At the outset of 2011, which promises to be an exciting new year of performances, recordings, and rising stars, the classical editors at AllMusic pause to reflect on the lives of the significant musicians who passed away in 2010, and salute their varied achievements and fascinating careers.
Otmar Suitner(May 16, 1922 - January 8, 2010)
An Austrian conductor who rose to prominence in the 1950s, Otmar Suitner (left) concentrated on opera, and his work in the music of Wolfgang Amadeus Mozart, Richard Wagner, and Richard Strauss established his reputation as one of the most innovative and refreshing interpreters in the field.
Earl Wild (November 26, 1915 - January 23, 2010)
A virtuoso pianist, arranger, and composer, Earl Wild was an heir of the Romantic piano tradition established by Franz Liszt and Sergey Rachmaninov. His repertoire was diverse and included both famous and obscure piano concertos, and his dazzling technical abilities made him a popular artist for decades, perhaps most memorably through his televised appearances with the Boston Pops.
Ariel Ramírez (September 4, 1921 - February 18, 2010)
Due to the success of his Misa Criolla, Ariel Ramírez became a successful crossover artist from the 1960s onward. His biggest hit appeared in 1964, just after the Second Vatican Council authorized the use of the vernacular in the Roman Catholic liturgy. Ramírez set the Spanish translation of the Mass to indigenous colors and rhythms of Latin America, and the work became an international sensation when it was recorded by Philips. Ramírez collected and published numerous Andean folk songs and composed as many as 400 original songs.
Richard Proulx (April ??, 1937 - February 18, 2010)
One of the most successful American liturgical composers, Richard Proulx was a major figure in the publication of music for many denominations. His achievements as a composer, conductor, and organist were acknowledged with many awards, and Proulx's published compositions include sacred and secular choral works, song cycles, two operas, instrumental and organ music, and hymns.
Philip Langridge (December 16, 1939 - March 5, 2010)
A world-class opera singer and recitalist, tenor Philip Langridge (right) was featured in a wide range of modern operas, particularly those by Benjamin Britten, Leos Janácek, and Igor Stravinsky. Praised for his bright and penetrating voice, Langridge's impressive vocal strength was matched by his impeccable diction.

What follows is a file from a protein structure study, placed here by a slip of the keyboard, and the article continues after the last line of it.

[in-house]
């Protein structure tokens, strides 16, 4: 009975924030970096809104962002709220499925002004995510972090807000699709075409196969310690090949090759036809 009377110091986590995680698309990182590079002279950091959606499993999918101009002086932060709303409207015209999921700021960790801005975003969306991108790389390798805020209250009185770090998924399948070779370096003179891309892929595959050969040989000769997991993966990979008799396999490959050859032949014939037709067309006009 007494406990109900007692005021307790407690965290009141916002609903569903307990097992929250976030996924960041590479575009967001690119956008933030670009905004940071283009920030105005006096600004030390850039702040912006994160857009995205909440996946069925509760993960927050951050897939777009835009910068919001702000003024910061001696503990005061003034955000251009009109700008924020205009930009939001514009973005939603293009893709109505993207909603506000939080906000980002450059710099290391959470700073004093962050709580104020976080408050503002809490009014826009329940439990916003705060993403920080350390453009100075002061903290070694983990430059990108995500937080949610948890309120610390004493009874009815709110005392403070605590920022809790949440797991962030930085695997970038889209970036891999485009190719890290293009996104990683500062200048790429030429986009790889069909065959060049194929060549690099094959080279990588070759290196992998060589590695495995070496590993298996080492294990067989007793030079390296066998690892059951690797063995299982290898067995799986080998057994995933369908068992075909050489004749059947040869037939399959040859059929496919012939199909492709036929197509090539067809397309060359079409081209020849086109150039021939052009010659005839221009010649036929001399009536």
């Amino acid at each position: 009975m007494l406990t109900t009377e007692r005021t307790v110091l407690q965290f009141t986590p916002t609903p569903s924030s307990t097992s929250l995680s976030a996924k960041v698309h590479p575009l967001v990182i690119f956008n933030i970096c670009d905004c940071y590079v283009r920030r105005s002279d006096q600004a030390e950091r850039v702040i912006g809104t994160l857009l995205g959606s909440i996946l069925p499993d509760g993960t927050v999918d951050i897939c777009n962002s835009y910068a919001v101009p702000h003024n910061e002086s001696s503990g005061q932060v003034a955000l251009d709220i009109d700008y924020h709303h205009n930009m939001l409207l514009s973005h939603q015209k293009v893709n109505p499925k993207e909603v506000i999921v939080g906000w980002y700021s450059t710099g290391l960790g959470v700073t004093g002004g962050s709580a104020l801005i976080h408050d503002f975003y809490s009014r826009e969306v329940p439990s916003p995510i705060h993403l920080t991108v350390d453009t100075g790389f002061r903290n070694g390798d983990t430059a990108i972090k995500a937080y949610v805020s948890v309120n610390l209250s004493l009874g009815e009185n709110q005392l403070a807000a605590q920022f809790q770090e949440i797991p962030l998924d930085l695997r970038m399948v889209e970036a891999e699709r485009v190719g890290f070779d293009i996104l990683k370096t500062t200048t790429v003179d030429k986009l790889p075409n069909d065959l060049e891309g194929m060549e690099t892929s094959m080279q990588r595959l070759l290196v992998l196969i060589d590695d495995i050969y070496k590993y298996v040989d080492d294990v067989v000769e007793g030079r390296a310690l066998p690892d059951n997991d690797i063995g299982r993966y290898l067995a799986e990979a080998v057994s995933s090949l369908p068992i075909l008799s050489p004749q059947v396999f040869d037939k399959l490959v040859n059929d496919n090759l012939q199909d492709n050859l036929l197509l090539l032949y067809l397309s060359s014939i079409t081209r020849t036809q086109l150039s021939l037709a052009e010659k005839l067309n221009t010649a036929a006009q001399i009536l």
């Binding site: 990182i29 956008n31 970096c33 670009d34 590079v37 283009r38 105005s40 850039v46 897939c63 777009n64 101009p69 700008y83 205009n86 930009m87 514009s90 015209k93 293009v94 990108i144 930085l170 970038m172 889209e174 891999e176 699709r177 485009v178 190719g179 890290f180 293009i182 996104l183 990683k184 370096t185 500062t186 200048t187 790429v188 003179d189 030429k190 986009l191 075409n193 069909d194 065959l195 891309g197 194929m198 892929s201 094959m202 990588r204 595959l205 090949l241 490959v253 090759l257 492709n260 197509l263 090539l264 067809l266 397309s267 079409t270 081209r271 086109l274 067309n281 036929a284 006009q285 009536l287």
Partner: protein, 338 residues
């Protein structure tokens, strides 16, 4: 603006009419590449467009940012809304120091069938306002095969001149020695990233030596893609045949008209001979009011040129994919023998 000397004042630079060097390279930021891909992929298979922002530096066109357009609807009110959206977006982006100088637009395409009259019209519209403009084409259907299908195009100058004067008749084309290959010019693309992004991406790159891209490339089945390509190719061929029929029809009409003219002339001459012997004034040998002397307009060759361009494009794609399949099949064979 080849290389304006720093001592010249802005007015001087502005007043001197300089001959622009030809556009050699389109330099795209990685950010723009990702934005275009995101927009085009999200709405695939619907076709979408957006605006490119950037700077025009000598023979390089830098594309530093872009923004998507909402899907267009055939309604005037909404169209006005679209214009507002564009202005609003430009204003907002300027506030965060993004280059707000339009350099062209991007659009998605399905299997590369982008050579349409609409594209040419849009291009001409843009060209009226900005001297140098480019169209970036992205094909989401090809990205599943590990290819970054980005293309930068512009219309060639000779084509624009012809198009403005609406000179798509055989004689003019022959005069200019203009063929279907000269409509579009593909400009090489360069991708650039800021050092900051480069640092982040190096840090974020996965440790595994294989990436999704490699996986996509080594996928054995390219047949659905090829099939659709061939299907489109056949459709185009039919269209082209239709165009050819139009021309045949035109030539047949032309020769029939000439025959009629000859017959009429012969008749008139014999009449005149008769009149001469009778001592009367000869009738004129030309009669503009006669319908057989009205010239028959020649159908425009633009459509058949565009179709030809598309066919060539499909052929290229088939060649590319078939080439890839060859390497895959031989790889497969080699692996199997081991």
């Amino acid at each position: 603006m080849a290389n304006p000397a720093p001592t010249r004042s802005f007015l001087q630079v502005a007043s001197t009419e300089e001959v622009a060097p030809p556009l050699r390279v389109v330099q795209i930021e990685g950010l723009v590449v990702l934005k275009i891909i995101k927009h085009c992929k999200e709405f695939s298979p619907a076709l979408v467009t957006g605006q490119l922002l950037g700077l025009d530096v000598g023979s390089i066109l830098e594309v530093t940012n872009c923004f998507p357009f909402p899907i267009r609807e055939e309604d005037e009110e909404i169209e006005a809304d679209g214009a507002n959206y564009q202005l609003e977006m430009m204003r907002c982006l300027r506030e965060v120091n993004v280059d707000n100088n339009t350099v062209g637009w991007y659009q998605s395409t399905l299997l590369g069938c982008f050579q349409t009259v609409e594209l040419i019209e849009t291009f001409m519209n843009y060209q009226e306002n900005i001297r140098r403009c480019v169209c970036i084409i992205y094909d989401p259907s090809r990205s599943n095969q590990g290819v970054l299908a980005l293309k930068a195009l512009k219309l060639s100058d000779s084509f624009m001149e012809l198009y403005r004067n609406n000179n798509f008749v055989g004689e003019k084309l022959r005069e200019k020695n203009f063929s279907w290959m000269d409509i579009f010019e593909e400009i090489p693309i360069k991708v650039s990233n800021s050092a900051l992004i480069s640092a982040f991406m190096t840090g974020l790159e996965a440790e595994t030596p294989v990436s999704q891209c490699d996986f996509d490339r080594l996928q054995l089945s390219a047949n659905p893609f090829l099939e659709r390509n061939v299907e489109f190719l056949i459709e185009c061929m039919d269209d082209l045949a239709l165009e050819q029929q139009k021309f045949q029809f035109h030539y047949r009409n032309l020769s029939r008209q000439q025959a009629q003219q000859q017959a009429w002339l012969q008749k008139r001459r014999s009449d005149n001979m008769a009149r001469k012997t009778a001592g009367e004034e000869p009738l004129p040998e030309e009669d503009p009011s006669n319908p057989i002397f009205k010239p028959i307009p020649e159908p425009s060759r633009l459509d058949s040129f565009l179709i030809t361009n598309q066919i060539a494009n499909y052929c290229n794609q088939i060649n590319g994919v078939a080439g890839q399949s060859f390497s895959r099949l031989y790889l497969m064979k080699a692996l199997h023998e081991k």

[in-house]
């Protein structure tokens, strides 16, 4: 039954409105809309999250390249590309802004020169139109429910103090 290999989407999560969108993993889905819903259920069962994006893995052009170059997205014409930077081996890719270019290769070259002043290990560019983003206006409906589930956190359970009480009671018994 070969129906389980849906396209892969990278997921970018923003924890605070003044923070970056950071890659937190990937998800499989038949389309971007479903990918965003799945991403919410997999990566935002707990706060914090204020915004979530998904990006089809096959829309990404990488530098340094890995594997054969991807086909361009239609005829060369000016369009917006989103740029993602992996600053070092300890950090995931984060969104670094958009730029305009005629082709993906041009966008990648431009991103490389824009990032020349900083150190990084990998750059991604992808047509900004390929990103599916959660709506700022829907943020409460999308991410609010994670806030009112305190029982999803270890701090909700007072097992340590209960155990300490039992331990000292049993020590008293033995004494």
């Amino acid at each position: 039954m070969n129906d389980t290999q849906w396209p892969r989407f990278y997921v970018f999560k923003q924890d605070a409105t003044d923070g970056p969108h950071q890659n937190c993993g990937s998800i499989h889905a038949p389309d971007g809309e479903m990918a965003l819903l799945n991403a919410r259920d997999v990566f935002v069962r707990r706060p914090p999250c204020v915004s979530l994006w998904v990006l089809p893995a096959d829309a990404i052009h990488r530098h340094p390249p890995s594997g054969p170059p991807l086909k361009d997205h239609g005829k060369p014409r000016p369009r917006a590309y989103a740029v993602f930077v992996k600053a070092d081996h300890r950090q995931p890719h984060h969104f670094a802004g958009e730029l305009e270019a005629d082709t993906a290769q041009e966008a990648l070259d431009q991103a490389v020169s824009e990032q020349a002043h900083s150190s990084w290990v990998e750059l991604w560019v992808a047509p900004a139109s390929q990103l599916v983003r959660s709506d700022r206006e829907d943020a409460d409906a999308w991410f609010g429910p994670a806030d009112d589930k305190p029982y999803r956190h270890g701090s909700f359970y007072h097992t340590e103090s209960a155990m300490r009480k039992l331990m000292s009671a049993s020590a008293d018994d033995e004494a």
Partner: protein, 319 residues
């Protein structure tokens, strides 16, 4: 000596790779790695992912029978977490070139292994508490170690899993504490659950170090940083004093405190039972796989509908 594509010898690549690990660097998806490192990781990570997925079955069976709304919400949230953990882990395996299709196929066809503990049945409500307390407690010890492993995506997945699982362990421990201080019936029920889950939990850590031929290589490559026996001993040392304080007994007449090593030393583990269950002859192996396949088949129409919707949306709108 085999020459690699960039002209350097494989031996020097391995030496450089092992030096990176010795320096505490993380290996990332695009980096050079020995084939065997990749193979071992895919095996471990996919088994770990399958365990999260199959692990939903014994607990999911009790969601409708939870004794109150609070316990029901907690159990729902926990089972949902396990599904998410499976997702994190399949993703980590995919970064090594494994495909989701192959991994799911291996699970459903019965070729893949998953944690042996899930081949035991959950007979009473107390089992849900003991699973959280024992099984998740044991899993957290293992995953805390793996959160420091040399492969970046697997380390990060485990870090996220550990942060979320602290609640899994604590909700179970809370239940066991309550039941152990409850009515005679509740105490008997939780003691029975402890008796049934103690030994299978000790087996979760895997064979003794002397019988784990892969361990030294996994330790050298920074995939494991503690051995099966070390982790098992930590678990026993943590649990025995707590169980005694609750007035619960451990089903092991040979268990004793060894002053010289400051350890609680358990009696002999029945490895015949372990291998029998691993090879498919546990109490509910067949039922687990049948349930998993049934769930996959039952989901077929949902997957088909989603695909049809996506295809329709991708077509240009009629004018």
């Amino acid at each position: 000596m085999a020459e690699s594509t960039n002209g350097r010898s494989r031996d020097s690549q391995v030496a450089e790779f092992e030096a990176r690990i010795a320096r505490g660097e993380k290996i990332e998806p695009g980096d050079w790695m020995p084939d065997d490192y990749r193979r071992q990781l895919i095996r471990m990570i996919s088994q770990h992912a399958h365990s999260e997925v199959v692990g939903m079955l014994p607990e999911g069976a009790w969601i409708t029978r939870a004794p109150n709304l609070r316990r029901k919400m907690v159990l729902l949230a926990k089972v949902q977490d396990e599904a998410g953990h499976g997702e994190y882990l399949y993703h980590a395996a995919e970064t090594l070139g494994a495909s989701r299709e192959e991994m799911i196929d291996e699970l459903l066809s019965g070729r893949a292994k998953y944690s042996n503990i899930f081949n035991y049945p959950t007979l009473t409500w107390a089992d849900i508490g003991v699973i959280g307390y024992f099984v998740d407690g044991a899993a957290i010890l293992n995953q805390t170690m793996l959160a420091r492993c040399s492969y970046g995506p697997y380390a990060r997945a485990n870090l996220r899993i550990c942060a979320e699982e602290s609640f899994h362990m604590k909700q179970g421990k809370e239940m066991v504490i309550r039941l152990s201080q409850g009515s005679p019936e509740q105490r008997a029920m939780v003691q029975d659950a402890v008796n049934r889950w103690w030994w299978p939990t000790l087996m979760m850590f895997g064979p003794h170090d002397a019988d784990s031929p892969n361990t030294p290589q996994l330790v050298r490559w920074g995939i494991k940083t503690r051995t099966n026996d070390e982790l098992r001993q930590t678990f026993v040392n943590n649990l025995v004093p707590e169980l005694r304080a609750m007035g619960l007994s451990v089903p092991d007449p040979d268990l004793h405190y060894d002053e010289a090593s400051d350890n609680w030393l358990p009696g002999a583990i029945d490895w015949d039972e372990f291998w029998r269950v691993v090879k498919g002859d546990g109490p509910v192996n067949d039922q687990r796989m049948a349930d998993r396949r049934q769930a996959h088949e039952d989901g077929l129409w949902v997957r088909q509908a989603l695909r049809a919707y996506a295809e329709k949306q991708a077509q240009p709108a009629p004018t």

Konrad Ruhland (February 19, 1932 - March 14, 2010)
A pioneer in the field of early music performance, Konrad Ruhland founded the Capella Antiqua München in 1956, creating an ensemble of young student singers that was one of the first groups to apply a historical approach to Renaissance and early Baroque music. Their long-range influence is evident in many historically informed performances today.
Giulietta Simionato (May 12, 1910 - May 5, 2010)
While she gradually found fame, Giulietta Simionato became recognized as the leading Italian mezzo-soprano from the 1950s until she retired in 1966. She dominated the stage in dramatic mezzo roles, but she also was prominent in the field of bel canto singing. Her coloratura may not have been as precise as that of later stars, but her vivaciousness made her ideal for comic opera.
Yvonne Loriod (January 20, 1924 - May 17, 2010)
A brilliant pianist, best known for her performances and recordings of 20th century piano literature, Yvonne Loriod (left) was especially praised for promoting the demanding music of Olivier Messiaen, to whom she was married from 1961 until his death in 1992, and Pierre Boulez. Her recordings were distinguished by her ability to produce meticulous rhythms at dazzling speeds and crystalline keyboard sonorities.
Giuseppe Taddei (June 26, 1916 - June 2, 2010)
Representing the tradition of Italian baritones in the post-WWII era, Giuseppe Taddei had a large and round voice that was at the service of an inventive musical imagination. Whether in a comic or dramatic role, Taddei found the right expressions to produce a believable characterization. His career was a long one: he debuted at the Metropolitan Opera when he was 69, and his robust interpretation of Falstaff was enthusiastically received.
Maureen Forrester (July 25, 1930 - June 16, 2010)
Although her repertoire ranged from the music of Johann Sebastian Bach to Francis Poulenc it was as an interpreter of the works of Gustav Mahler that Maureen Forrester is best remembered, particularly for her performances in the Symphony No. 2 in C minor, "Resurrection," and Das Lied von der Erde. Forrester's voice was a dark, rich contralto, but her fluid upper register allowed her to sing some mezzo-soprano parts by Giuseppe Verdi and Richard Wagner. Forrester was Canada's most celebrated contralto.
Cesare Siepi (February 10, 1923 - July 5, 2010)
Cesare Siepi was one of the major operatic basses during the 1950s and '60s, prominent in roles at the Metropolitan Opera. His magnetic stage presence and dramatic gifts, as well as his powerful voice, made him one of the most beloved performers of his era. He was especially noted for his portrayal of dangerous operatic characters like Don Giovanni, Méphistophélès, and Mefistofile, but he was also effective in comic operas like Il barbiere di Siviglia and Le nozze di Figaro.